Generation - Press Release
There's another dry island, far from Malta in the southern seas, which some tens of thousands with Maltese blood call home. It was there - Australia - to the new red-rooved suburbs of Sydney, that Mark Gerada's grandparents and parents sailed to build a new life after the Second World War ended.
Having survived the death and deprivations of war, they were people who knew how to treasure their lives and their children, and how best to build a new life for their families. They took a chance on Australia's suburban dream, the quarter-acre block, and bought one-way tickets to the new country.
In the Geradas’ new home, some things were the same, some were not. In Australia they found a wealth of opportunities under spacious blue skies, they found even modest suburban backyards had big green lawns for the kids. They rediscovered stability and a future in which the next generation could dream their own dreams. There was hope.
But there was also tradition and a strong sense of continuity. The men of Mark's family brought to their new home their love of cars, their prized craft of carpentry; the women brought their skill as seamstresses and as wonderful cooks. They all carried with them their love of the sea, carving out a new tradition in which the whole family decamped from the suburbs to spend summer holidays by the beach in Narrabeen in Sydney's north. Beachside family gatherings would swell with friends and visitors, and there was always freshly caught seafood and plenty of it for everyone.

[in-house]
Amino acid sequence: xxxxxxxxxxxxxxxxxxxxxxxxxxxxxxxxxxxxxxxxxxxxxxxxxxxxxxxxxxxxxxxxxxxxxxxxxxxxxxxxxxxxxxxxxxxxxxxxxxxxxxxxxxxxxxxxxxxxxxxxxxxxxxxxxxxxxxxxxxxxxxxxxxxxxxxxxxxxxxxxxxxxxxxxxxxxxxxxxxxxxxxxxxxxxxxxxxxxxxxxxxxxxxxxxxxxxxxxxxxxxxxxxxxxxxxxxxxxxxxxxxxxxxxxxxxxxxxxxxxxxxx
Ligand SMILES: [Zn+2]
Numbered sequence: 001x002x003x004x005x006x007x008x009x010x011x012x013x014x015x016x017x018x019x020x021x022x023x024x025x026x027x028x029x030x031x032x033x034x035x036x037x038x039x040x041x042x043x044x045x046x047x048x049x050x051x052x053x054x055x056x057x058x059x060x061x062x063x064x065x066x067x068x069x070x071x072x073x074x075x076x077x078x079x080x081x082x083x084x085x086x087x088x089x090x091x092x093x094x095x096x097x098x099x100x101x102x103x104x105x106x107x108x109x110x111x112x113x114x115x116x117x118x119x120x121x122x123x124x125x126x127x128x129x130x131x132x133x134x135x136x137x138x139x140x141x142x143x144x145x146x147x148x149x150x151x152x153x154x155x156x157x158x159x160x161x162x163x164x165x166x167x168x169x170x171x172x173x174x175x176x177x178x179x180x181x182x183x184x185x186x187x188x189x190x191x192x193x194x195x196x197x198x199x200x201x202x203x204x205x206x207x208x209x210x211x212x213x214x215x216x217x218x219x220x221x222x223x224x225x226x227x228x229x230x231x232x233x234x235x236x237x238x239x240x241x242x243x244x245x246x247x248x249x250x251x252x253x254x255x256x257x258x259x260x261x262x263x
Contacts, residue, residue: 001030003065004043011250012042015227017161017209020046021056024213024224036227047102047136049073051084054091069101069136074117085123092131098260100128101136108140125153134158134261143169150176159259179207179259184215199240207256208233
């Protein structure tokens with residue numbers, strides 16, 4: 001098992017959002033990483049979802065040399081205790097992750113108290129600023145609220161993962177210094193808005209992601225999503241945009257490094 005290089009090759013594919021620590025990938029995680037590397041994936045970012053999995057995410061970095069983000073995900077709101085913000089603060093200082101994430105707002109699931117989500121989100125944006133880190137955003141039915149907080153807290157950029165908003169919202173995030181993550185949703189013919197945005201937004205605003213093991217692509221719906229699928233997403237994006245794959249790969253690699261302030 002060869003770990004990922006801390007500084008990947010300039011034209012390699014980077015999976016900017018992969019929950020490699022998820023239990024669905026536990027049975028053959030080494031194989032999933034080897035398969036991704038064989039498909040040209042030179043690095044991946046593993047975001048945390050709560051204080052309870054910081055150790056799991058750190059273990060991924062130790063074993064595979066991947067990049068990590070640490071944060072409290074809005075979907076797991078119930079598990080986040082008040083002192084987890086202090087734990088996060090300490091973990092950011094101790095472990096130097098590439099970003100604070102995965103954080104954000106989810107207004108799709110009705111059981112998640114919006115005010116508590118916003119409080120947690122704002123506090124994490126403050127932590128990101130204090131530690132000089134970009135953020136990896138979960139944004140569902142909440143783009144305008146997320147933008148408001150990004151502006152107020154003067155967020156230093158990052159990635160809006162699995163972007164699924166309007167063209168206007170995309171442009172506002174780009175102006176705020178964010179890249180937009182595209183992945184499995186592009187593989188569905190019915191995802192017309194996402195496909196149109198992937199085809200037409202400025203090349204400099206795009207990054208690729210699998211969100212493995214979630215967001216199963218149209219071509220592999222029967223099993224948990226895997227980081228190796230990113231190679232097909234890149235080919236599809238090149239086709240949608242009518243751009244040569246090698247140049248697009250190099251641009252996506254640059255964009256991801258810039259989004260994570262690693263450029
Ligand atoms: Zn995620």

These happy childhood memories are woven together in Mark's Generation paintings, which incorporate wonderful old images from photographs that his grandfather Paul Bonello and father Vic Gerada - gifted, if unacknowledged artists in their own right - took during his 1970s childhood. Working on 60 canvases simultaneously, Mark worked the photographic images into collages, combining them with layers of paint and bright colour.
In Mark's memories, his childhood is an almost miraculously peaceful time, a stable earthing point from which the adult artist's clear-eyed view of the wider world could emerge and grow. The troubles of that wider world were to impress themselves on him with shocking force on 7 July 2005.
Mark was heading through London on his way to the Isle of Skye in Scotland that morning of the Tube terrorist bombings. He was going there to work on a series of landscape studies for painting and video works, yet after the bombings he arrived in Scotland reeling, doubting the utility of art, distracted with worry for his friends in London. But there the ancient landscape - so pristine and so distant from the insanity of religious violence - reaffirmed the fundamentals of life, and the necessity of art.
Since leaving Scotland, he also filmed footage in Vietnam, Malta, Norway, New York and Australia for the resultant video piece, Mounds and Caves. In it, Mark meditates on the hope for humanity's spiritual reconnection with the natural world; to a pre-religious experience of life before religion's divisions and hypocrisies set us against ourselves.
Complex and mysterious channels connect a carefree childhood in Sydney's suburbs with the past and present realities of war and violence. Must freedom be predicated on the grim necessity of war? The Maltese people, who endured the most intensive bombing campaign in the earth's history, know the answers to that better than most.